I’m not intending to put the onus on Jeff’s guy in Congo, or any other end user, to select appropriate technology for their circumstances. I don’t think they have the technical skills or buying power to do so. The choice was already made for them by the organisation that supplied a PC running Windows without antivirus updates. I believe that this was a bad choice, driven by the factors that I gave in my previous article, and that different choices could be made in future to avoid such problems.

3) Webmail will stay the same until the cows come home. Sure, someone can write tricky code but will the guy in Congo ever see it? Probably not.

Actually, I have seen comments asking why Google doesn’t use their own Gears library for their own webmail service, particularly in the context of recent Gmail service outages. If they did decide to do so, the benefits should translate immediately to users with low-bandwidth or intermittent connections, in the Congo as elsewhere.

4) Mac OSX does not exist in the rest of the world and barely in the Balkans, some of which are even slated for EU membership.

I don’t see that as a strong argument against deploying alternatives such as MacOS X in new systems. We have a problem: poor maintainability of traditional IT systems in the field. We have to find solutions to those problems, which may involve deploying different technology. The same argument applies to Ubuntu.

5) So you do support Ubuntu adoption as an alternative? I think you are getting my point. You could just install Ubuntu and forget about the AVG argument.

But the end user will not deploy Ubuntu. The providers of the equipment will have to do it for them. That’s my point, that the organisations have to change, not the end users.

Vertical programs that distribute hardware almost never follow-up so anything they put in the field is usually toast within a few months.

That’s precisely my point in the last article, even if I rambled a bit in the process of getting there. But I think it would be great to have hard numbers that we could present as evidence to the organisations to get them to recognise the problems in what they’re doing, and to change their ways.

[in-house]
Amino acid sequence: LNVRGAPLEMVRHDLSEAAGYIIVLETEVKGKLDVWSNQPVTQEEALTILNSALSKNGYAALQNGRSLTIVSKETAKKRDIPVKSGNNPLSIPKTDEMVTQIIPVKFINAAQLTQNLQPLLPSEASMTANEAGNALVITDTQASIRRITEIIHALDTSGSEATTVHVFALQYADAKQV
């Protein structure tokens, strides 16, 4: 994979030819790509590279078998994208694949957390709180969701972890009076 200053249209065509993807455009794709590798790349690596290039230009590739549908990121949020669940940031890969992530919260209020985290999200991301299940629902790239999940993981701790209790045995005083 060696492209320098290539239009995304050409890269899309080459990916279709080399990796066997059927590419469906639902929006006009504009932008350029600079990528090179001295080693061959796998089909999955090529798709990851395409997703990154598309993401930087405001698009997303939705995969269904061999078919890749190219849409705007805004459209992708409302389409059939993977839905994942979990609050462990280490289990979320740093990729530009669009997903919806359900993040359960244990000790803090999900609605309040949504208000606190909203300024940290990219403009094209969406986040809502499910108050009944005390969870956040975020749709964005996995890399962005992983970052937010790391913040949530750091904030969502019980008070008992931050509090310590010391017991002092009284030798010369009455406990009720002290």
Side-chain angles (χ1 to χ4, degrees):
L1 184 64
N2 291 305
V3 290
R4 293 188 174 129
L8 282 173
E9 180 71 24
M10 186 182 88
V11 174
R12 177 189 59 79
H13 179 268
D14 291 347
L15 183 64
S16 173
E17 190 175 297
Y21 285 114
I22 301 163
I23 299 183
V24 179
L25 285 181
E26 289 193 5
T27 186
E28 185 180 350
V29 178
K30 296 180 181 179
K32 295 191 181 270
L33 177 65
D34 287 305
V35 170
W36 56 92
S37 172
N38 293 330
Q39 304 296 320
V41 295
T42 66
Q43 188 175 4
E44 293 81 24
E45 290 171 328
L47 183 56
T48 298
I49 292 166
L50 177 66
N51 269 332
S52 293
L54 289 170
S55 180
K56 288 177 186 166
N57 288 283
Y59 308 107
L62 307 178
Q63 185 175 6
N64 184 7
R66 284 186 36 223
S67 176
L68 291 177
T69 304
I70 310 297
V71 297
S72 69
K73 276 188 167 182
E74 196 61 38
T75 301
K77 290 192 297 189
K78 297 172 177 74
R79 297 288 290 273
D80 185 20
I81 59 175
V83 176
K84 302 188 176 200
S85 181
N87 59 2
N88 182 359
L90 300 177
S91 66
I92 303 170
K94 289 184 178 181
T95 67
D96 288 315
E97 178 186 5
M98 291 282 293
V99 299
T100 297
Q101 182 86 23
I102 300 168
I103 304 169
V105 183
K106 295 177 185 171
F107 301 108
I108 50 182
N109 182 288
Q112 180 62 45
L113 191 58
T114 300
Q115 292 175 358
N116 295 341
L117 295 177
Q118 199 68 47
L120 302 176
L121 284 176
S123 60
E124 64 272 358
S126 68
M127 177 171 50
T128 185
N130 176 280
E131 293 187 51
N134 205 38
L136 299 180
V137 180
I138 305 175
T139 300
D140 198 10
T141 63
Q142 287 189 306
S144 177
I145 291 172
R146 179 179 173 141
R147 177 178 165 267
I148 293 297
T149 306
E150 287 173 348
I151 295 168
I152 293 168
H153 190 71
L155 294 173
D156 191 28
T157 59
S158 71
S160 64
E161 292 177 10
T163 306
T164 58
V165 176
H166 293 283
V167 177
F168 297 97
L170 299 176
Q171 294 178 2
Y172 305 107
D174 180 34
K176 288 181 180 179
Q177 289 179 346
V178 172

For example, let us just say that something causes the OS to hiccup so the well meaning local IT guy steps in and recommends reinstalling the OS. Of course the owner doesn’t have one so the IT guy offers one of his own. Bootleg install. Story over.

That is certainly true for general-purpose computers, but even a minimal amount of BIOS lock-down can prevent the reinstallation of the software, or make it significantly harder. There’s also the question of why the man in the Congo is turning to his “local IT guy” for technical support? Why isn’t the organisation that provided the computer providing support for it as well?

9) Forget about NGO’s as they are not the problem. Remember, this guy worked for the Congolese Gov’t so he gets whatever trickles down (a few odd machines from international agencies)

These “international agencies” are precisely who I meant by NGOs. Perhaps I should have included IOs as well, but all this jargon is going to get very confusing to anyone who’s not an expert in the field. Is there any reason not to lump NGOs, IOs and government programmes into the same basket as “organisations” all?

His support team? The local DVD vendor and the well meaning IT tech. Therefore, educate the local health official, the DVD vendor and the local IT tech…

And why are they his only (or primary) means of support? MSF sent Jeff out to deal with a problem that wasn’t even to do with any equipment that they provided (as far as we know), but it was stopping the man in the Congo from interacting with MSF.

Had MSF not sent Jeff to the Congo, you, me and Jeff would be none the wiser.

Indeed, but had the original organisation not sent out the wrong equipment (a Windows computer with no support and no antivirus updates), MSF would not have had to waste a lot of valuable time and money and resources on sending Jeff out in the first place. Also, had MSF provided their own, more suitable equipment, for the man in the Congo to use, Jeff would not have had to make an on-site visit either.

I’d like to respond to Jeff’s comments as well, but this article is already getting rather long and ranty, so I’ll leave that for another day.